There’s only been a few times in humanity that we have all had the same reaction as a society within America. The assassination of John F. Kennedy was one of them (it was the first time that everyone saw a horrific event transpire on TV), and 9/11 was another.
COVID-19 will have its ramifications for generations to come in regard to the way we value our loved ones, how we work, and how we collaborate as a society.
COVID-19 whispered to us in advance that it was coming, but we failed to prepare. Smallpox, Yellow Fever, the Spanish Flu, AIDS … they were all signs. Yet, due to our busy everyday lives, we seemed to overlook the warnings until it was too late.
We’ve gone from the lowest unemployment rate to the highest unemployment rate since the Great Depression, all within a matter of weeks. Chaos is among us both in terms of our health and finances. And yet, we have come together without hesitation, but with determination and resilience. Our first thoughts were fear — thinking of our loved ones. As the virus progresses, we’re seeing changes in our workplaces and the market at large.
At the time of the first announcement, we had just had a sprinkler pipe break in our building, and my office was damaged the most. The remediation was said to take some time, so I told everyone I was going to work from home until it was dry and fixed. Little did I know, the virus was gaining recognition at the same time, and I got a jump start on my work-at-home program earlier than others. The collaboration of my company, clients, and peers came soon after.
First was the SWAT-team effect of leadership that came into place. Our IT systems had been already set up to enable work from home, since we’re based out of Chicago — nobody wants to come into the office at minus 20°F. Due to the 14-day quarantine, we had no other choice than to have 100% of our workforce work from home. Our leadership recognized both the strain on our employees and the impact of a possible downturn to our business. Adjustments were immediately made, and the business continuity plan was at task. The result to our clients was seamless.
While most all of us work at home these days, many of us haven’t had a consistent ongoing experience of working at home and have our family constantly around us — the dog is barking, the kids are screaming, and your spouse is working in the next room over. You are multitasking at levels that you had never conceived before. But yet, as the script changes and we succeed, we progress.
For some, the workplace has become more intense. Health care, first responders, grocers, transportation, and others all continue their work at a higher risk than ever before. And they do it with dignity and without hesitation. These are the true heroes of COVID-19. It’s not the politicians or government that should receive credit for the quick response to the crisis; it is the people on the front lines. COVID-19 whispered that it was coming, and our governments were not prepared. God bless the front line.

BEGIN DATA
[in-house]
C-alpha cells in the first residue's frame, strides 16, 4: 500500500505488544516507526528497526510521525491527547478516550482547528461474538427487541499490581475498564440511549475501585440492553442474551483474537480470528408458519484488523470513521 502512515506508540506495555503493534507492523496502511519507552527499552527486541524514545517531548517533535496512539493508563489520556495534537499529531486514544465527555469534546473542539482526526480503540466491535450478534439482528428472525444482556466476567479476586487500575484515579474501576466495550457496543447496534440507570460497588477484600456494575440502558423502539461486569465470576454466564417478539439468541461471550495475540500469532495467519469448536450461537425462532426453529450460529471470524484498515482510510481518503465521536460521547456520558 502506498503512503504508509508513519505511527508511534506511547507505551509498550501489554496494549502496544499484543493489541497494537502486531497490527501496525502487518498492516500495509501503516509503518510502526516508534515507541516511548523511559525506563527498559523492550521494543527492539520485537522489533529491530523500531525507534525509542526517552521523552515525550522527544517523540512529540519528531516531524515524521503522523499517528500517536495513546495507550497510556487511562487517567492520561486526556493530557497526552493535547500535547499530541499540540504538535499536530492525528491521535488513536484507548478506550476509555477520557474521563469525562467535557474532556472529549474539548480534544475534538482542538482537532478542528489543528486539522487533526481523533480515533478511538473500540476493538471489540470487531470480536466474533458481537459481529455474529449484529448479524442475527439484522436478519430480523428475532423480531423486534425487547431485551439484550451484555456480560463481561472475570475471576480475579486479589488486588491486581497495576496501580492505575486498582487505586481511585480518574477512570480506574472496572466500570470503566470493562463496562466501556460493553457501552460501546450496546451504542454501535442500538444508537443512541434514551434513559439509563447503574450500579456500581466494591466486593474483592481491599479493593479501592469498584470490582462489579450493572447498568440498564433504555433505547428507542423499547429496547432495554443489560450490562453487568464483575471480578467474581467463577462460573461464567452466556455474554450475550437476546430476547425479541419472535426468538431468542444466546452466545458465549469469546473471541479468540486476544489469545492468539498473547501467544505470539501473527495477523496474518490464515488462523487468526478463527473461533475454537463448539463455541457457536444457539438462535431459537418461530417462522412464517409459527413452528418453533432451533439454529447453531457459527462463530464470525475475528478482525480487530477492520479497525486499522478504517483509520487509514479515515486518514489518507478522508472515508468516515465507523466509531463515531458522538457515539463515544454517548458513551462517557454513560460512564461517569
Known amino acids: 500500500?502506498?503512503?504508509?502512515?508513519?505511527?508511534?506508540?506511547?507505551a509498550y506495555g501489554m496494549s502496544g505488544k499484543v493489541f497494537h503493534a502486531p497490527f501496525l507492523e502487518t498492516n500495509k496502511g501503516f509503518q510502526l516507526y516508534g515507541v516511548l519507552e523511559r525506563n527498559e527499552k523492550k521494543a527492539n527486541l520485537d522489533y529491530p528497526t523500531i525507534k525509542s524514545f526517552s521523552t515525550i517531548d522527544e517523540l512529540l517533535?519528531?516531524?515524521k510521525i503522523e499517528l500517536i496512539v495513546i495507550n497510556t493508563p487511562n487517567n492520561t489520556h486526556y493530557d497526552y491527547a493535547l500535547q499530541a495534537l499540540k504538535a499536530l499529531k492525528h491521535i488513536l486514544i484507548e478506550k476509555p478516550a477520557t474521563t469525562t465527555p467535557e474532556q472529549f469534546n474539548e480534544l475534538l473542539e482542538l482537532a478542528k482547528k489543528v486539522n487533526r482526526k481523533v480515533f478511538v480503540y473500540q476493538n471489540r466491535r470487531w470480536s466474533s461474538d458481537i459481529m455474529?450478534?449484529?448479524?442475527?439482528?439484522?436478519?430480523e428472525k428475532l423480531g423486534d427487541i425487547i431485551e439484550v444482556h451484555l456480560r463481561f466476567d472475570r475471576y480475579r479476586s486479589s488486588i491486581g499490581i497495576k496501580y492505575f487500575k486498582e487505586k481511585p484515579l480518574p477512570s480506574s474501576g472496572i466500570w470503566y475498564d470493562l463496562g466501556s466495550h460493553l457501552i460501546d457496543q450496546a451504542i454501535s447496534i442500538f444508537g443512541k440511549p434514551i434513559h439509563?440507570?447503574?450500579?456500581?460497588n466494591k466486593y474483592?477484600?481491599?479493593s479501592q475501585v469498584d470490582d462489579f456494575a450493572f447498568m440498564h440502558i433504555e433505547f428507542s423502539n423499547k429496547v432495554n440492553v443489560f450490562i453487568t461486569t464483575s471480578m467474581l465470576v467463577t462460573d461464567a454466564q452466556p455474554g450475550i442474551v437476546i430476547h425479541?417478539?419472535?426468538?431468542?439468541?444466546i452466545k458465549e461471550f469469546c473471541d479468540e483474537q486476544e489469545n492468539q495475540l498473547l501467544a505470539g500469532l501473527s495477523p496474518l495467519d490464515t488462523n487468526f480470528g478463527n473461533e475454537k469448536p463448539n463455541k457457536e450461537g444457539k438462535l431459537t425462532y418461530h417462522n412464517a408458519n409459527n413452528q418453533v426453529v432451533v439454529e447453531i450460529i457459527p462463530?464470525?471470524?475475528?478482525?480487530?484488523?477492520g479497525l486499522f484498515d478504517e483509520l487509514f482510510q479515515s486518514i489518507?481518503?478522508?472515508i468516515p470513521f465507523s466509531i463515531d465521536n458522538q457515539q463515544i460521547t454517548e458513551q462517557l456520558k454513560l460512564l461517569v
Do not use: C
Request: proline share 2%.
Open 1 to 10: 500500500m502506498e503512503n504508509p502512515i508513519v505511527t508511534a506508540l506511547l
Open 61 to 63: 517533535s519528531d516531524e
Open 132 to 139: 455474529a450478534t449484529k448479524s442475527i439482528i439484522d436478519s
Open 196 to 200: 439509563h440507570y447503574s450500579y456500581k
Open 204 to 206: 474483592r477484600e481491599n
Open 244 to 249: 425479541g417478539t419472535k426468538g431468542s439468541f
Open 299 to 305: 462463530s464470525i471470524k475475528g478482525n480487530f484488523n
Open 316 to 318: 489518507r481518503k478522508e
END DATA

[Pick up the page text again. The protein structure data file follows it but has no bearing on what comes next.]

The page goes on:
A New Type of Collaboration
At the office, there is a camaraderie and social environment among peers that seems to foster the good of the people as well as the company itself. Your work life also becomes your social life. This is evident, especially with our millennial generation. Hence our hyperscale campuses that have free food, nap quarters, and other amenities on-site — all too create a human experience.
While you would think that this is hampered in a virtual environment, in many ways it is not. We were all separated in an instant, but the relationships that we built in the office still remain. Within our virtual environment, we create not only project teams, but social organizations, luncheons, happy hours, and management announcements. The daily touch-base meetings between our group and management have created a level of communication that I had not seen working in an office environment.
While we see a new type of collaboration within the office environment, the collaboration with our clients is the most important. Last week, our group conducted three major “page turns” (meetings where we go through page-by-page design drawings with our client) that were flawless. It’s one thing to hit your deadlines, but it’s another to deliver the highest-quality documents to a client, which were 100% quality assured during our virtual operation.
When it was announced that the Environmental Systems Design (ESD) mission critical facilities group was in one of the top-ranking positions, I was so proud of each and every member of our group. However, I’ve never been prouder of the collaboration and successes of what we are doing during this pandemic. I am humbled.
The Change in Script
The COVID-19 pandemic forces us to recognize that business continuity matters. It also forces on us that, as a society, we need to be better prepared and be responsive to future pandemics. It mostly forces us to recognize the importance of family and loved ones.
COVID-19 has no borders. It does not discriminate. This is a humanity issue, not influenced by government differences, petty disagreements, or cultural ignorance. And because it is a global humanity issue, we all hope that the script changes on how we treat each other and come together as a collaborative world — not a combative society.
COVID-19, in an odd way, has a kind of correlation to a quote of one of the world’s great leaders, who sat silently incarcerated for most of his life.
“We can argue with the political few, or we can whisper to the intelligence of the masses,” Nelson Mandela said. “I choose the masses.”